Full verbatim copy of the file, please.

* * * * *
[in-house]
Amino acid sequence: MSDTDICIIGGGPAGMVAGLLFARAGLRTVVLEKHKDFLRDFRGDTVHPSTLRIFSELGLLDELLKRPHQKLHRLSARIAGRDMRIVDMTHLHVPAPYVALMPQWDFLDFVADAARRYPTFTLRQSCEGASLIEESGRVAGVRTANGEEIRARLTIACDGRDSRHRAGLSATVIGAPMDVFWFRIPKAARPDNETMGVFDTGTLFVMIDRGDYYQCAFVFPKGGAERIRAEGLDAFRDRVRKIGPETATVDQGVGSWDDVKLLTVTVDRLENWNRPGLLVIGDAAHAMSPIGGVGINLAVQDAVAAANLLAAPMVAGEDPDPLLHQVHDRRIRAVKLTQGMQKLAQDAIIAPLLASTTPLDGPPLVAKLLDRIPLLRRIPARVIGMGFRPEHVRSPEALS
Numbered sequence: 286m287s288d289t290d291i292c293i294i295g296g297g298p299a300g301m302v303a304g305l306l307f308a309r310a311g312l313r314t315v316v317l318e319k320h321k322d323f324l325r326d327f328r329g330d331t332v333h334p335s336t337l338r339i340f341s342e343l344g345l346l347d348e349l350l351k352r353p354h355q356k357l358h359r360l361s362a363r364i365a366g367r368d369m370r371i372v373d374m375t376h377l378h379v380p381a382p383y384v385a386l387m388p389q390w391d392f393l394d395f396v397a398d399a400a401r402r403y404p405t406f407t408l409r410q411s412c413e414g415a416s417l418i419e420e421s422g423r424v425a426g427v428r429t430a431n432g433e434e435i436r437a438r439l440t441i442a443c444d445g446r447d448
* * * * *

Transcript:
[in-house]
Amino acid sequence: MSDTDICIIGGGPAGMVAGLLFARAGLRTVVLEKHKDFLRDFRGDTVHPSTLRIFSELGLLDELLKRPHQKLHRLSARIAGRDMRIVDMTHLHVPAPYVALMPQWDFLDFVADAARRYPTFTLRQSCEGASLIEESGRVAGVRTANGEEIRARLTIACDGRDSRHRAGLSATVIGAPMDVFWFRIPKAARPDNETMGVFDTGTLFVMIDRGDYYQCAFVFPKGGAERIRAEGLDAFRDRVRKIGPETATVDQGVGSWDDVKLLTVTVDRLENWNRPGLLVIGDAAHAMSPIGGVGINLAVQDAVAAANLLAAPMVAGEDPDPLLHQVHDRRIRAVKLTQGMQKLAQDAIIAPLLASTTPLDGPPLVAKLLDRIPLLRRIPARVIGMGFRPEHVRSPEALS
Numbered sequence: 286m287s288d289t290d291i292c293i294i295g296g297g298p299a300g301m302v303a304g305l306l307f308a309r310a311g312l313r314t315v316v317l318e319k320h321k322d323f324l325r326d327f328r329g330d331t332v333h334p335s336t337l338r339i340f341s342e343l344g345l346l347d348e349l350l351k352r353p354h355q356k357l358h359r360l361s362a363r364i365a366g367r368d369m370r371i372v373d374m375t376h377l378h379v380p381a382p383y384v385a386l387m388p389q390w391d392f393l394d395f396v397a398d399a400a401r402r403y404p405t406f407t408l409r410q411s412c413e414g415a416s417l418i419e420e421s422g423r424v425a426g427v428r429t430a431n432g433e434e435i436r437a438r439l440t441i442a443c444d445g446r447d448